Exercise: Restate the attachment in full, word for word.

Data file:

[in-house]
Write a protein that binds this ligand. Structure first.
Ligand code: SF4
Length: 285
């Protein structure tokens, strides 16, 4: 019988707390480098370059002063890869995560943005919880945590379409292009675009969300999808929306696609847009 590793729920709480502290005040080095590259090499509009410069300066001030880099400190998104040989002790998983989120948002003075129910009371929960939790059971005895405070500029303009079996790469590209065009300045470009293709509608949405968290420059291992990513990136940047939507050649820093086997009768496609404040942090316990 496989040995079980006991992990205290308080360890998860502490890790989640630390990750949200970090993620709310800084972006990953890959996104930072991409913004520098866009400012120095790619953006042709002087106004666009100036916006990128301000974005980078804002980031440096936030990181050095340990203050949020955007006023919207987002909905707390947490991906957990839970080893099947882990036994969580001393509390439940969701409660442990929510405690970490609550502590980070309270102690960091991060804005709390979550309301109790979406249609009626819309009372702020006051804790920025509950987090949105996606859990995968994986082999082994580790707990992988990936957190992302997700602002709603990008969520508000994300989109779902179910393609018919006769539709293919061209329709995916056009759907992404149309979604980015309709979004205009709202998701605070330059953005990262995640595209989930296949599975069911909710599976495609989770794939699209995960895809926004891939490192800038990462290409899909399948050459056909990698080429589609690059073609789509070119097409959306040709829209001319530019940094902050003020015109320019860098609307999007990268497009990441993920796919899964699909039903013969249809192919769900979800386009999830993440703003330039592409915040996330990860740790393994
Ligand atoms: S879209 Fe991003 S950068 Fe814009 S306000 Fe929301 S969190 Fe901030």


[in-house]
Write a protein that binds this ligand. Structure first.
Ligand code: SF4
Length: 285
């Protein structure tokens, strides 16, 4: 019988707390480098370059002063890869995560943005919880945590379409292009675009969300999808929306696609847009 590793729920709480502290005040080095590259090499509009410069300066001030880099400190998104040989002790998983989120948002003075129910009371929960939790059971005895405070500029303009079996790469590209065009300045470009293709509608949405968290420059291992990513990136940047939507050649820093086997009768496609404040942090316990 496989040995079980006991992990205290308080360890998860502490890790989640630390990750949200970090993620709310800084972006990953890959996104930072991409913004520098866009400012120095790619953006042709002087106004666009100036916006990128301000974005980078804002980031440096936030990181050095340990203050949020955007006023919207987002909905707390947490991906957990839970080893099947882990036994969580001393509390439940969701409660442990929510405690970490609550502590980070309270102690960091991060804005709390979550309301109790979406249609009626819309009372702020006051804790920025509950987090949105996606859990995968994986082999082994580790707990992988990936957190992302997700602002709603990008969520508000994300989109779902179910393609018919006769539709293919061209329709995916056009759907992404149309979604980015309709979004205009709202998701605070330059953005990262995640595209989930296949599975069911909710599976495609989770794939699209995960895809926004891939490192800038990462290409899909399948050459056909990698080429589609690059073609789509070119097409959306040709829209001319530019940094902050003020015109320019860098609307999007990268497009990441993920796919899964699909039903013969249809192919769900979800386009999830993440703003330039592409915040996330990860740790393994
Ligand atoms: S879209 Fe991003 S950068 Fe814009 S306000 Fe929301 S969190 Fe901030």